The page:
The cross-discipline conundrum (or how we can’t always learn from other disciplines)

2 minute read

I was cycling home one day and this thought popped into my mind: I’m trying to address the issues of multi-tenancy in software systems. In other words, that is to say that I’m trying to make it easier for several software systems to co-exist, as tenants, in the same piece of hardware. When we think about it from a software perspective, it is definitely novel – big names out there like Microsoft, VMWare, Salesforce, etc are working hard on this (each in their own way of course) and it’s a rather hot topic. Companies provide their employees with Microsoft Azure training and there’s this growing need to fit more (tenants) in less (hardware). Come to think of it, it’s a bit like what’s happening in big cities all over the world.

Wait a minute.

That’s exactly what’s happening in big cities all over the world!

And why does this matter, you ask. Well, we’ve been doing this with people and cities for the best part of a century, so maybe some of the problems we face in software have already been dealt with in the “physical world”. “Sure, Tiago, that’s obvious! Why are you still writing this blog post and not out there reading books on urbanization?”. Yeah, yeah, yeah… have you read the title of the post? How we can’t always learn from other disciplines.

Multi-tenancy in software engineering presents its own challenges. How can you compare the concept of software versioning to any concept of the physical world? Same goes for concepts like deploying several instances of the same piece of software in different servers. Surely we can’t deploy the same person across several buildings (well, quantum physics says we can, but let’s stick to classical mechanics for the purpose of this post) and we definitely don’t want to have a tenant with a bathroom on one street, the bedroom two blocks away and finally the living room in a different town. That doesn’t work for people, it’s not convenient, but it works for software. Software doesn’t care if it has to invoke method foo() in its own memory stack or if it has to wrap its request in SOAP and have it traverse all over the world to have it executed.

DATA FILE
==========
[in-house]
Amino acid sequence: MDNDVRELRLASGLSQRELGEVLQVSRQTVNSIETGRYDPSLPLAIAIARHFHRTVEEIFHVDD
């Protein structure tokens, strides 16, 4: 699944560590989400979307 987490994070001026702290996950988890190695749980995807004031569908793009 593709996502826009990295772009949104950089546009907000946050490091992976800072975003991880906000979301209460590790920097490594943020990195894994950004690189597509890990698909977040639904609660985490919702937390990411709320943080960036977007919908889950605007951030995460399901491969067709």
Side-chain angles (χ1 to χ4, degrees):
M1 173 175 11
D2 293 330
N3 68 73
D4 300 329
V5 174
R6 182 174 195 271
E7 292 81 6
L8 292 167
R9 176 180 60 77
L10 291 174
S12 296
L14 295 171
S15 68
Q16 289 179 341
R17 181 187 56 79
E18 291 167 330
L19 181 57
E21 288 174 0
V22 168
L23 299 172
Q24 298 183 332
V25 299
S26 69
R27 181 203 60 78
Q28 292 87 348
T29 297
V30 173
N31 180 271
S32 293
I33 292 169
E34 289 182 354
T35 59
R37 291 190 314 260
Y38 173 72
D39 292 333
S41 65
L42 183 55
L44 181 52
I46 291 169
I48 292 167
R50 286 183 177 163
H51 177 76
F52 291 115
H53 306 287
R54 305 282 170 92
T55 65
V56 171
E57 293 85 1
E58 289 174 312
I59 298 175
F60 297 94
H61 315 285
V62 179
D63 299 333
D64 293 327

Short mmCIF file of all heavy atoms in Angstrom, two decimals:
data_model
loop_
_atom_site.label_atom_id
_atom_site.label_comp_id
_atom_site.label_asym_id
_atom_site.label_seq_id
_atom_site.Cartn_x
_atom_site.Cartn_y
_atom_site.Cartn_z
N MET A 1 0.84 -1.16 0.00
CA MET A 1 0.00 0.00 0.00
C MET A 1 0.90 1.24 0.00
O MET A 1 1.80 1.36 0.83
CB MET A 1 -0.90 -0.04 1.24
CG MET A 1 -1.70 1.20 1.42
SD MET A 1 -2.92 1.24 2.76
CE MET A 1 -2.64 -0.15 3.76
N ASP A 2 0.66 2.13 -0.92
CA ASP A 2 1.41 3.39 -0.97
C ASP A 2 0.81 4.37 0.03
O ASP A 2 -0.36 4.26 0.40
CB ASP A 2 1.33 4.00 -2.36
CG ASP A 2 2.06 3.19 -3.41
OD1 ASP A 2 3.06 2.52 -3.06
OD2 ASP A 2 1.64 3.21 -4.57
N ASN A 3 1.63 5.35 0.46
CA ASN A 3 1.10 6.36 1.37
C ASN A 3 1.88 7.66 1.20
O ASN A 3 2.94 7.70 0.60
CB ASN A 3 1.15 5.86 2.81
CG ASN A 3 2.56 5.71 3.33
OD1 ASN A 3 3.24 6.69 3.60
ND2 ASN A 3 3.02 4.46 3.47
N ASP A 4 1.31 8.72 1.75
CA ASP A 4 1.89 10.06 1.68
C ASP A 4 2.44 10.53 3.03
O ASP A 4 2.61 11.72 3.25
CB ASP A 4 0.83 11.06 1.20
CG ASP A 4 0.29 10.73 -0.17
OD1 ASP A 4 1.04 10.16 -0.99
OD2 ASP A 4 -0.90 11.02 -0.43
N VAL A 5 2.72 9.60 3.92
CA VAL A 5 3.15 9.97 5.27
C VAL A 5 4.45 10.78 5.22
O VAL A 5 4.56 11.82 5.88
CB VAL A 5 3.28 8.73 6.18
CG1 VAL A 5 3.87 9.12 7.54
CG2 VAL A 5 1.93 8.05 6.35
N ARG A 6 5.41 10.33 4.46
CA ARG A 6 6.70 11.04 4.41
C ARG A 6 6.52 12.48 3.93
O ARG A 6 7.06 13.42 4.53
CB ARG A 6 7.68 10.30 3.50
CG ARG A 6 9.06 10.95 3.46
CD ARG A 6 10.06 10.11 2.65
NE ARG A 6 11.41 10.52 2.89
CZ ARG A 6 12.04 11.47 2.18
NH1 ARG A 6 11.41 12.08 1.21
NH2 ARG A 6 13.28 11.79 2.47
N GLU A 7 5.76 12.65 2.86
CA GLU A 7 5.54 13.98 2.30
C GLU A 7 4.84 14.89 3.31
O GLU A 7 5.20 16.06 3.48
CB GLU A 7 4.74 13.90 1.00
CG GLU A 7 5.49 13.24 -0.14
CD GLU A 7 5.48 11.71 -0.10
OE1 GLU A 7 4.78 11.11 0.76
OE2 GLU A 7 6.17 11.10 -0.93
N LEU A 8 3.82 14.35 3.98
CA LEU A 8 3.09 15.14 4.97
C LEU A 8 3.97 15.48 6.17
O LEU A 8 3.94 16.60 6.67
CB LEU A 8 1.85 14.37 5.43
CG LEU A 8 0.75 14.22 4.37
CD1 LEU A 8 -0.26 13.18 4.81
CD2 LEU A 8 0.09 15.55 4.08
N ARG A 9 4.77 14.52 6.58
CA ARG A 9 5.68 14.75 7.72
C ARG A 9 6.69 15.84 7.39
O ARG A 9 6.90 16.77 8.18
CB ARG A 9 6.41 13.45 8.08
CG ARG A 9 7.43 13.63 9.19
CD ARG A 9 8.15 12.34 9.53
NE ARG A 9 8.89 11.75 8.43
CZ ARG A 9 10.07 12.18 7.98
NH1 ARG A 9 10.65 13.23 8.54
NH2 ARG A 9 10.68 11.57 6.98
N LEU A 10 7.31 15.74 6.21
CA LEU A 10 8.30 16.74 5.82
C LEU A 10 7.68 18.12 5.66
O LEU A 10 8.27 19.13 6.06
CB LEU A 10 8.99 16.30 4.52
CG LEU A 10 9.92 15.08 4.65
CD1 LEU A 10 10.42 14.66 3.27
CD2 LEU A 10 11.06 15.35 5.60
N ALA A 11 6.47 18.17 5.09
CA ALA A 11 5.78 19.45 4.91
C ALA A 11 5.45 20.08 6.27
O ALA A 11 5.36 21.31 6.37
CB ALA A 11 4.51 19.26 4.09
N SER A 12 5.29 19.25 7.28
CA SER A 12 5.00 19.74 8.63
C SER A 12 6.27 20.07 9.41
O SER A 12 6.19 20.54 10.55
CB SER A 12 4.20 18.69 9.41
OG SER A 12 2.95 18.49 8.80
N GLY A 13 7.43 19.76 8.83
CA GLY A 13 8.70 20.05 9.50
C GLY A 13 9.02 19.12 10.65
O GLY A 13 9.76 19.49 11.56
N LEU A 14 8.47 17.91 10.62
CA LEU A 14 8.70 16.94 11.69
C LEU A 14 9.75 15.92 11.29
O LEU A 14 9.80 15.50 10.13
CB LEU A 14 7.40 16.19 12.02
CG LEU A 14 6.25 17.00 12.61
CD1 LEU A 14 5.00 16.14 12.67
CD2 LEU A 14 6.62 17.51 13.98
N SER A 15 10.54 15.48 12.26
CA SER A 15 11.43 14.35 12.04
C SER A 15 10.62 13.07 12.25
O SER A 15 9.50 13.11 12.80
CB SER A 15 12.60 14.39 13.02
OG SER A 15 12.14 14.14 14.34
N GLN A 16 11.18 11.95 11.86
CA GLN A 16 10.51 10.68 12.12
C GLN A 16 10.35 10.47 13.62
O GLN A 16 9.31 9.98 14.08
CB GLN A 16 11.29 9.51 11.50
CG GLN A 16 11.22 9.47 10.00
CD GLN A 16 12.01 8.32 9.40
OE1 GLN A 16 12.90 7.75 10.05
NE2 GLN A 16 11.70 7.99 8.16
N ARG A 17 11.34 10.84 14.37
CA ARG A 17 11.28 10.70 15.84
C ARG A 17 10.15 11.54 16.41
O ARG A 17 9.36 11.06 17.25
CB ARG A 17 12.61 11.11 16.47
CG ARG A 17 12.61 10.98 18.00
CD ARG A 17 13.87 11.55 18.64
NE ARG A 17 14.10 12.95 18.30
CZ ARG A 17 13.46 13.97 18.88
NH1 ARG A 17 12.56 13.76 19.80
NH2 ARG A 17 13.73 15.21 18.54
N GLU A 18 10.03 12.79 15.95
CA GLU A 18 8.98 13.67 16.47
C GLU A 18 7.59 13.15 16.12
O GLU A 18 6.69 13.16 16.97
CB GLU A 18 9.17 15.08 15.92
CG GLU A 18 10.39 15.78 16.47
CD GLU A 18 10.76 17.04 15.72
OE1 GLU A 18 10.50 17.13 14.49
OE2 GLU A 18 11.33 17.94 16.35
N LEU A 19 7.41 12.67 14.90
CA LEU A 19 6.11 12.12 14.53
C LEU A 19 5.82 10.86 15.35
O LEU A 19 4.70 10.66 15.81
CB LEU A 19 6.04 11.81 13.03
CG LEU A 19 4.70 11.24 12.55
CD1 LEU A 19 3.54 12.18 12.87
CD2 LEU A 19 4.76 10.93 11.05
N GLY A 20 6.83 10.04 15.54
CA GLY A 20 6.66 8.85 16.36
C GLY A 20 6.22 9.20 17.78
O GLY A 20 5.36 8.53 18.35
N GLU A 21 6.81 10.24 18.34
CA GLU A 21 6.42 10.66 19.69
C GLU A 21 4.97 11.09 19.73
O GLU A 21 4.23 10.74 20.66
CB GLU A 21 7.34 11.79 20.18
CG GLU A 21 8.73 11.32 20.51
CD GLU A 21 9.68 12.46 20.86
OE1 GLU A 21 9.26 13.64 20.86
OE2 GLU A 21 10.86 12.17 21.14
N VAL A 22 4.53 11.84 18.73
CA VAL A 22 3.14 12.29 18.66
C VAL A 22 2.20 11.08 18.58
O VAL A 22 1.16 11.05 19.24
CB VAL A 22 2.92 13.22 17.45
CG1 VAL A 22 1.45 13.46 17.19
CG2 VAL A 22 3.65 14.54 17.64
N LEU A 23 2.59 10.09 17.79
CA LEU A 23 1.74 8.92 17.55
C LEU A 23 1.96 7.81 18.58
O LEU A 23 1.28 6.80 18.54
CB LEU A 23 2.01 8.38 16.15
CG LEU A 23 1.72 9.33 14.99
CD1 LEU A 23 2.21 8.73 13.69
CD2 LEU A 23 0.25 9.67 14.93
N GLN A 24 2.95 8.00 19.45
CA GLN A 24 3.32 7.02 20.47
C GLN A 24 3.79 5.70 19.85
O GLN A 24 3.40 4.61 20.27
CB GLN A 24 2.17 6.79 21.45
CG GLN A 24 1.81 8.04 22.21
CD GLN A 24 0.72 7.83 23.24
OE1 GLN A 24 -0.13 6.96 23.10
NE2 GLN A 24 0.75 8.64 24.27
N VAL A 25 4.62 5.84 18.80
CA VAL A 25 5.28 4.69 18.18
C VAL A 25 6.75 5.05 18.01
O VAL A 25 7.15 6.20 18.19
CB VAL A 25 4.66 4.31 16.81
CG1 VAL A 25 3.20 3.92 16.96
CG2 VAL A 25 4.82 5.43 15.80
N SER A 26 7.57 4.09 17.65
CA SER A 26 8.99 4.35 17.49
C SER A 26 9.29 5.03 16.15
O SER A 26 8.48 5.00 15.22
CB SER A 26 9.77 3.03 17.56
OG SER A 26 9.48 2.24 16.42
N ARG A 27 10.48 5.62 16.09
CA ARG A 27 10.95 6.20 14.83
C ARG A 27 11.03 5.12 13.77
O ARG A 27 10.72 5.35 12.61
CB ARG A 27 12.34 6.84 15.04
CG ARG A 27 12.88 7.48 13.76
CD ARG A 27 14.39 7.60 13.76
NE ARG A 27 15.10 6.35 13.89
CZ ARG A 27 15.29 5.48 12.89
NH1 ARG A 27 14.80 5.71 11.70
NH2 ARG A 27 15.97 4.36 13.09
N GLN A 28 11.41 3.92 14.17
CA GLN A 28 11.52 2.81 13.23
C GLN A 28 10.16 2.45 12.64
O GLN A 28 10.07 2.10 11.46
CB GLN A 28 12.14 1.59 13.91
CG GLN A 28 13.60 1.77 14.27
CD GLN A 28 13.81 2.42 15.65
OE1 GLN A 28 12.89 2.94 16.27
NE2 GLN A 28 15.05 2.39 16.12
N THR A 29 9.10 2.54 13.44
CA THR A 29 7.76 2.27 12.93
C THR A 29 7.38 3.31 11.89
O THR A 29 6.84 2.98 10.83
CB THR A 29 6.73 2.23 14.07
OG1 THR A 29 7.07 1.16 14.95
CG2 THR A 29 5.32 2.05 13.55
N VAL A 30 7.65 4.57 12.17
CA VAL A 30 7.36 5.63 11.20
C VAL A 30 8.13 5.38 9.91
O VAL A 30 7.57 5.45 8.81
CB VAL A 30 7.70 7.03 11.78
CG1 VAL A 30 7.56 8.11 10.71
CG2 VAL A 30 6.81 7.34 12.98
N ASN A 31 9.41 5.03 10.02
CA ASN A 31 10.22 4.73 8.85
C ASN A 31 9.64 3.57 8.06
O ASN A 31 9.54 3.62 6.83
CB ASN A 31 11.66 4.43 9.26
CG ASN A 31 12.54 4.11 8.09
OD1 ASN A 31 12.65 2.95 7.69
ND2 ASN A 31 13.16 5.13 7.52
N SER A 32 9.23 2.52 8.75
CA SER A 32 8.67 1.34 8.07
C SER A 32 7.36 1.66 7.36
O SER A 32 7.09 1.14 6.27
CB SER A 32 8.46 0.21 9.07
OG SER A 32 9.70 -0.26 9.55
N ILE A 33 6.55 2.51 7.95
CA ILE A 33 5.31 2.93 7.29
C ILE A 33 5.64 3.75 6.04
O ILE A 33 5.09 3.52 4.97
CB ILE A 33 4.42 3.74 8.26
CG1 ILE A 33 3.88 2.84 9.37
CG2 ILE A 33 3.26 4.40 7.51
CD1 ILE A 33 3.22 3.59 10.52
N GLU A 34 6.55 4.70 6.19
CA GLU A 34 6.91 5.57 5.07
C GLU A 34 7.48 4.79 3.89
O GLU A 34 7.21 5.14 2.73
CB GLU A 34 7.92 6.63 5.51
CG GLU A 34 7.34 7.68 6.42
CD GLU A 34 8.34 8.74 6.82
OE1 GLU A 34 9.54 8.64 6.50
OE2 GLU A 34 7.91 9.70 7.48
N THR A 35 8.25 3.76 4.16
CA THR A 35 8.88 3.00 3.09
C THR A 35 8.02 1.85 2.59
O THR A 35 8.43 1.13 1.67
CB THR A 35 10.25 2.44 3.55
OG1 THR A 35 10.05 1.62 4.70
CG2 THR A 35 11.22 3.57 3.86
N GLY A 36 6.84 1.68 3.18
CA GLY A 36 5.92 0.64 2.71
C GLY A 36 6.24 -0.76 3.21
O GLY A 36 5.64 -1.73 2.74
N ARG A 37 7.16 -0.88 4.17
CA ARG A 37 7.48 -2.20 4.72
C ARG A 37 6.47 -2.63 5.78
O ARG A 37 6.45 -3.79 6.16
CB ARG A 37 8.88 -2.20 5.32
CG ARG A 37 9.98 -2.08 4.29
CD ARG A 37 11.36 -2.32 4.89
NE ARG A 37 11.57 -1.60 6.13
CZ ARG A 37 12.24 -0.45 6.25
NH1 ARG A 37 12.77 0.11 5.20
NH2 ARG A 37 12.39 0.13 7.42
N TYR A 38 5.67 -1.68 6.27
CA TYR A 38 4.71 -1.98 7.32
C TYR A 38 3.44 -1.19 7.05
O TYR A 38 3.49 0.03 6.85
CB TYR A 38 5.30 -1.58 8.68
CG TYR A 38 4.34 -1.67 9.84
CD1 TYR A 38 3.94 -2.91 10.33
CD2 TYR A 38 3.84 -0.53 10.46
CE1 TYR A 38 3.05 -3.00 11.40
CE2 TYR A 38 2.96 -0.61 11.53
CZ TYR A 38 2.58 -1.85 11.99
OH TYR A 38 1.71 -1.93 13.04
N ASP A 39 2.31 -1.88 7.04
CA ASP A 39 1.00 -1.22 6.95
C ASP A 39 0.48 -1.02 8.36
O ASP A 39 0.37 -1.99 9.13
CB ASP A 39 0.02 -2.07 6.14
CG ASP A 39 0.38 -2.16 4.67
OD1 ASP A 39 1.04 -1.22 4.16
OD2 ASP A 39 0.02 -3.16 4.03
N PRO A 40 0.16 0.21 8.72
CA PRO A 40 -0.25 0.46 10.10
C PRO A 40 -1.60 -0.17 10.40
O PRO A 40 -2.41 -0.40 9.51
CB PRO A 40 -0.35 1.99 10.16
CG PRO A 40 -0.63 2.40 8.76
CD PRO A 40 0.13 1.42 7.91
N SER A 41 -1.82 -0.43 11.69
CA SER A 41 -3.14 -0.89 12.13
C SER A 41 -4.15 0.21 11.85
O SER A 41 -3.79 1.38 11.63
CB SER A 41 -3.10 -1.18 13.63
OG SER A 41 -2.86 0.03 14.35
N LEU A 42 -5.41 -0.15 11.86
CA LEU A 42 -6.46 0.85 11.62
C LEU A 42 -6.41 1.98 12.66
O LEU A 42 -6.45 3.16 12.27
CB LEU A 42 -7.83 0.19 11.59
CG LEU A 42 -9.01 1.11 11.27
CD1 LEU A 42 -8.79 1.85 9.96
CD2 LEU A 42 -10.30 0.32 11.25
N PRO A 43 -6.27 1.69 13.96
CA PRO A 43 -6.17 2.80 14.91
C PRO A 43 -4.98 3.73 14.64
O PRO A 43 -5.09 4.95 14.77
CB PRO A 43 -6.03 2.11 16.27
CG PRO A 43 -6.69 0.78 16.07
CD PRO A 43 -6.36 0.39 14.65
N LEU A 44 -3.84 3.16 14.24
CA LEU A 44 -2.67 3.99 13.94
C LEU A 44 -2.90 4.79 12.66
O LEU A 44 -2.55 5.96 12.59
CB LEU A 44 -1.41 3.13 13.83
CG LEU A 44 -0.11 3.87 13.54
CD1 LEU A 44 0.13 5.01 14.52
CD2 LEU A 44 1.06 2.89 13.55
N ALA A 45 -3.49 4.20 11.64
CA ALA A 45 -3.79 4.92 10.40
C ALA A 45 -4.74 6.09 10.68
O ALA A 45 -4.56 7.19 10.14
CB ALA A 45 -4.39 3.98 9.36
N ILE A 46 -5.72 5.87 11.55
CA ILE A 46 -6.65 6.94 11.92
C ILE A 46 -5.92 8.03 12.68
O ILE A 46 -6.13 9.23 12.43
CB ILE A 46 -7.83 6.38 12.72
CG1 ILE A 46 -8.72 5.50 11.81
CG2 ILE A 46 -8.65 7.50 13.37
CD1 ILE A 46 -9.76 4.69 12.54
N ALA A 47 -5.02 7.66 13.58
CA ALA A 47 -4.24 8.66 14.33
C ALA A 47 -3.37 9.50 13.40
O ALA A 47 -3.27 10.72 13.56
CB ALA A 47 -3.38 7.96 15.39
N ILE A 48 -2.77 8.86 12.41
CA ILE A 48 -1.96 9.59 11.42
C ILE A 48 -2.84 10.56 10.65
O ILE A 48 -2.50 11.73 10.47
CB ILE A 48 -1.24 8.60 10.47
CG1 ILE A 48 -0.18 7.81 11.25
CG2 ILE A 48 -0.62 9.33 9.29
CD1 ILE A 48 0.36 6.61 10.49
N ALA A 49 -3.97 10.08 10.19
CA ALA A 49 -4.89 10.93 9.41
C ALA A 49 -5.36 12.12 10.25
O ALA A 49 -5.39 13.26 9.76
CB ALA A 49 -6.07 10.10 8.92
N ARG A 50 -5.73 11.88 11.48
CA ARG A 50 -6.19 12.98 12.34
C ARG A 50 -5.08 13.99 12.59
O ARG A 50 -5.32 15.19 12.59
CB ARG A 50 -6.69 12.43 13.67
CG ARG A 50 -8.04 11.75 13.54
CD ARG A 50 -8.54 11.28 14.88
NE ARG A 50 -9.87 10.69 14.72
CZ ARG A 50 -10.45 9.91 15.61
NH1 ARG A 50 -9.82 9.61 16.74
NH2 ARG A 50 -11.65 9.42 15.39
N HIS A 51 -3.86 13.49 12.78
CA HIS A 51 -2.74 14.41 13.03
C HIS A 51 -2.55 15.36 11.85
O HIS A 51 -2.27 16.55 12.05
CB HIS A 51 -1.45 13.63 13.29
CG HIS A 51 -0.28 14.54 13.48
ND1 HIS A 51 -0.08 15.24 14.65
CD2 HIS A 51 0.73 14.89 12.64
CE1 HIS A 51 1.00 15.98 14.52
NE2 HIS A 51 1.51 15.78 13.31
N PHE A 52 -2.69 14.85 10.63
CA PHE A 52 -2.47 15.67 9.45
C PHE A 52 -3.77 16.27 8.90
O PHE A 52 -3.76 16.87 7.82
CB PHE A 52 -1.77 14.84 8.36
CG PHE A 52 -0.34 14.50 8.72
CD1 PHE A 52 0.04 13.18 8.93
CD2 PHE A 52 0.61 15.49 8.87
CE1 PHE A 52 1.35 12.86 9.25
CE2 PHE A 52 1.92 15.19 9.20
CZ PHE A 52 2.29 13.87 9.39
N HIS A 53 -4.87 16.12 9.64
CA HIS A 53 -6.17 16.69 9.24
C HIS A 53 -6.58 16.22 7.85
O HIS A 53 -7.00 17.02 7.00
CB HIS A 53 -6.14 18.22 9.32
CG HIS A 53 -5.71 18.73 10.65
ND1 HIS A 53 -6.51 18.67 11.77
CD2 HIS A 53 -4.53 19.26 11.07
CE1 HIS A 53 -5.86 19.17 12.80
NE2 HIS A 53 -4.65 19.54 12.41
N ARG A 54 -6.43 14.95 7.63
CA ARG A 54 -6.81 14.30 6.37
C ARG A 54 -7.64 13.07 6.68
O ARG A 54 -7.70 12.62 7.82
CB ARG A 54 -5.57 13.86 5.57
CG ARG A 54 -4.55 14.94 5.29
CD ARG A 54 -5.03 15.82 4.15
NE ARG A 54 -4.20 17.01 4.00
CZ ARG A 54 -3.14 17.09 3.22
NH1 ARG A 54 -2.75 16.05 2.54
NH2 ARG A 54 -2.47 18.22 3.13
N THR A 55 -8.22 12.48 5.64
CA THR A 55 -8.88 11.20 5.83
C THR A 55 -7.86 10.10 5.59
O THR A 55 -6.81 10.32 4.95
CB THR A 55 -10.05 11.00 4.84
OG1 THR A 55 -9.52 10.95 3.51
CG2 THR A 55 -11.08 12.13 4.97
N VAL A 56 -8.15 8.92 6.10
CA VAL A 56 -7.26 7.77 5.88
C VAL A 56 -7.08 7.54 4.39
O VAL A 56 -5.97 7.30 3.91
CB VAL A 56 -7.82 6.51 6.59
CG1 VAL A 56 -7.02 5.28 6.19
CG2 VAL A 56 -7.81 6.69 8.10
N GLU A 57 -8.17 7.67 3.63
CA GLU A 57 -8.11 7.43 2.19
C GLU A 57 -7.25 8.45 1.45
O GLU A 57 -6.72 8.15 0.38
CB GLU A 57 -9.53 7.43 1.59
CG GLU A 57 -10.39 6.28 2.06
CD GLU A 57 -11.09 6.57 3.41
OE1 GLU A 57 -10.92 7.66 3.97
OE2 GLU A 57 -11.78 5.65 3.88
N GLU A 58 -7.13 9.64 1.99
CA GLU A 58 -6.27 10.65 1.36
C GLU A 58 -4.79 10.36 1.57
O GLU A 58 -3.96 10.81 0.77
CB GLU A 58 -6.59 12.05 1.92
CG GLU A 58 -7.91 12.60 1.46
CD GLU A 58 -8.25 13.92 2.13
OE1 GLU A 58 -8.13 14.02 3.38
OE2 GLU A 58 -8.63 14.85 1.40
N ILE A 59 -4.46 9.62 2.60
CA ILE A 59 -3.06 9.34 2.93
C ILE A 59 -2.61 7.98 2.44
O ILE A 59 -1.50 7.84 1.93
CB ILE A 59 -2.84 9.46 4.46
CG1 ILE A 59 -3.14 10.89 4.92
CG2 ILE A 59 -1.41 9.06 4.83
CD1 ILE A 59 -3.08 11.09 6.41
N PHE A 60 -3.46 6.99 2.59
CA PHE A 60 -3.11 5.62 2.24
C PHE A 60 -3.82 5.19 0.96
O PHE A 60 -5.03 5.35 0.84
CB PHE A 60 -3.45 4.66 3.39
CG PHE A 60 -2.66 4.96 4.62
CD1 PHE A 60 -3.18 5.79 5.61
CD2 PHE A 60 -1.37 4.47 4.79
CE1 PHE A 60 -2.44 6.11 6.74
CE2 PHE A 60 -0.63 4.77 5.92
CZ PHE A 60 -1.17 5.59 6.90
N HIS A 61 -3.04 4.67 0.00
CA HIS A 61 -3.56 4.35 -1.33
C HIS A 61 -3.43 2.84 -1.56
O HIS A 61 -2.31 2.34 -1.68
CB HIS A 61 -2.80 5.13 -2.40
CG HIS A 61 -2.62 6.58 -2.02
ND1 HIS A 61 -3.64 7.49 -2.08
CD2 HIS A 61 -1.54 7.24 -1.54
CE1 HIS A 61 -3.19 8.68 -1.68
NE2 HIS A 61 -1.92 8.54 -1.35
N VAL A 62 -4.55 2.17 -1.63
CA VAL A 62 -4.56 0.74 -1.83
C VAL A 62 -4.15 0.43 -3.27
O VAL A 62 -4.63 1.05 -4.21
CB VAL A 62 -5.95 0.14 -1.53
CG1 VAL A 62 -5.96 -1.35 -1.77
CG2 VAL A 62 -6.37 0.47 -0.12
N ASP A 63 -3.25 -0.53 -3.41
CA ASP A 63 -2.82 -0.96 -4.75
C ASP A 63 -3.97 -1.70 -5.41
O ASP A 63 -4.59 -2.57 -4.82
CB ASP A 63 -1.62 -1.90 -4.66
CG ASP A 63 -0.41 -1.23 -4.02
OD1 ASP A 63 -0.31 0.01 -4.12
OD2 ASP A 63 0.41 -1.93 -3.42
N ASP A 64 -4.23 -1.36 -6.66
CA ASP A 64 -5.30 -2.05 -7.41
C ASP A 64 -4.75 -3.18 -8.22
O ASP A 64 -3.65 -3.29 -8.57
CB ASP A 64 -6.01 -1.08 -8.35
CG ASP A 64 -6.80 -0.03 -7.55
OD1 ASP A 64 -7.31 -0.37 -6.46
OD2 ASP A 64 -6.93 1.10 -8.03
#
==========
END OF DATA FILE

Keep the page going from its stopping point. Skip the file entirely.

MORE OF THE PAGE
So what’s the point of this post, really? While it’s always good to have a broad cross-disciplinary view and keep an open mind and an eye out for other fields which might be (metaphorically) solving the same problems as yourself, it’s also very important to identify genuine problems in your field. Sure, resorting to metaphors is perfect to learn from other fields but these don’t always apply perfectly and when they don’t apply perfectly, my theory is that they are no good.

In other news, I just submitted my paper to WCRE 2012 🙂 let’s see how convincing am I with my maintenance techniques for distributed systems…